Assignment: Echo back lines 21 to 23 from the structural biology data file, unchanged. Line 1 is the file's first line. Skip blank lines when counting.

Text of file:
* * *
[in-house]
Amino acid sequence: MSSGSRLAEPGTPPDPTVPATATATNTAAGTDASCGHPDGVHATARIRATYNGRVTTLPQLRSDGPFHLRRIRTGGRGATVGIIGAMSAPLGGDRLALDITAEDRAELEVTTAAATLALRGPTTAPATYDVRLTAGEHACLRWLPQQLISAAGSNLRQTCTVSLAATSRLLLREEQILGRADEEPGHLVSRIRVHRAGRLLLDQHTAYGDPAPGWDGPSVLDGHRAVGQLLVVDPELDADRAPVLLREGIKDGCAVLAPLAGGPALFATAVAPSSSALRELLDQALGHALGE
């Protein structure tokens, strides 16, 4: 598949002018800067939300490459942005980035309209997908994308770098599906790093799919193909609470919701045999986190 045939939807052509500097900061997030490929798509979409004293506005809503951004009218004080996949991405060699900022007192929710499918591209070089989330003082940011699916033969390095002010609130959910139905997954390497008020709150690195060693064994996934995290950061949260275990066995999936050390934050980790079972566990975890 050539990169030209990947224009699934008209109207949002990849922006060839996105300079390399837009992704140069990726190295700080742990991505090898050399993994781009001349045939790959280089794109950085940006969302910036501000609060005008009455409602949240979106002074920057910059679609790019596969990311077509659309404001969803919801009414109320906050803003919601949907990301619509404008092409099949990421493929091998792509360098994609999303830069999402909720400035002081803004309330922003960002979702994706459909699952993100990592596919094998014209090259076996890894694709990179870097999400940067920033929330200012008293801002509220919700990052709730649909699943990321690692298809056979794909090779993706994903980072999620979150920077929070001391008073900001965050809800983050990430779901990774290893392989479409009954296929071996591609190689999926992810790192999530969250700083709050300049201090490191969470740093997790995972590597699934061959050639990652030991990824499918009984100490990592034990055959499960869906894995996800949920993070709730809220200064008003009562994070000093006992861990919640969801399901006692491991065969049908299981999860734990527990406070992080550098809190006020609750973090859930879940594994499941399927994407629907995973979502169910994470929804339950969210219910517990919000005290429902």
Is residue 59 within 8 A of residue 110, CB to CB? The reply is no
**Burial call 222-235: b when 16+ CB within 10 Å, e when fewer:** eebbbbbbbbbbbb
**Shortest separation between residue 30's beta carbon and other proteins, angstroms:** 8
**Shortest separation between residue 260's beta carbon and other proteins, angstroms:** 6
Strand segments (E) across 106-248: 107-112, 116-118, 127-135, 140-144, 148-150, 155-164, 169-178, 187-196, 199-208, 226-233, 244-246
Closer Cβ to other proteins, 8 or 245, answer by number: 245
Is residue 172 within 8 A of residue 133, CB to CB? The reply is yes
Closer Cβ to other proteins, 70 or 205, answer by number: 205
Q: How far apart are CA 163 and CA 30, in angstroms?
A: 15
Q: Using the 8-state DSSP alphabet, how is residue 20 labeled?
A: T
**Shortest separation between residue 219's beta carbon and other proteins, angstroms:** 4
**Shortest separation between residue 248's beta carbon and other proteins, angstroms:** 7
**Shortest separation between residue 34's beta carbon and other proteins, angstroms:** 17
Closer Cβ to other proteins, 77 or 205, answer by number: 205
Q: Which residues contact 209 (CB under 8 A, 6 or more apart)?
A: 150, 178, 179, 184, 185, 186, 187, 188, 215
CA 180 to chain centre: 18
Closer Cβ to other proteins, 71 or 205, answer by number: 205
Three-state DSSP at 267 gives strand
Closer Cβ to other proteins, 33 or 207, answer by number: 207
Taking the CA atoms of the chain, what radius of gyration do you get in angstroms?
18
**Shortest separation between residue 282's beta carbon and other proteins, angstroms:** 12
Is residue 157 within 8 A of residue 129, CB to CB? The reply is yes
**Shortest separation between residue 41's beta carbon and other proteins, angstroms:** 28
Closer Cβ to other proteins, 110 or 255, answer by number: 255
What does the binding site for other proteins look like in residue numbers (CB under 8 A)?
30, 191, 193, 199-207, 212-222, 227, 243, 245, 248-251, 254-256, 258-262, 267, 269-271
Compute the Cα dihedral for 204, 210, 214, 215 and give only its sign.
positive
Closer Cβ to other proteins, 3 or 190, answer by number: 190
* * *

A: 150, 178, 179, 184, 185, 186, 187, 188, 215
CA 180 to chain centre: 18
Closer Cβ to other proteins, 71 or 205, answer by number: 205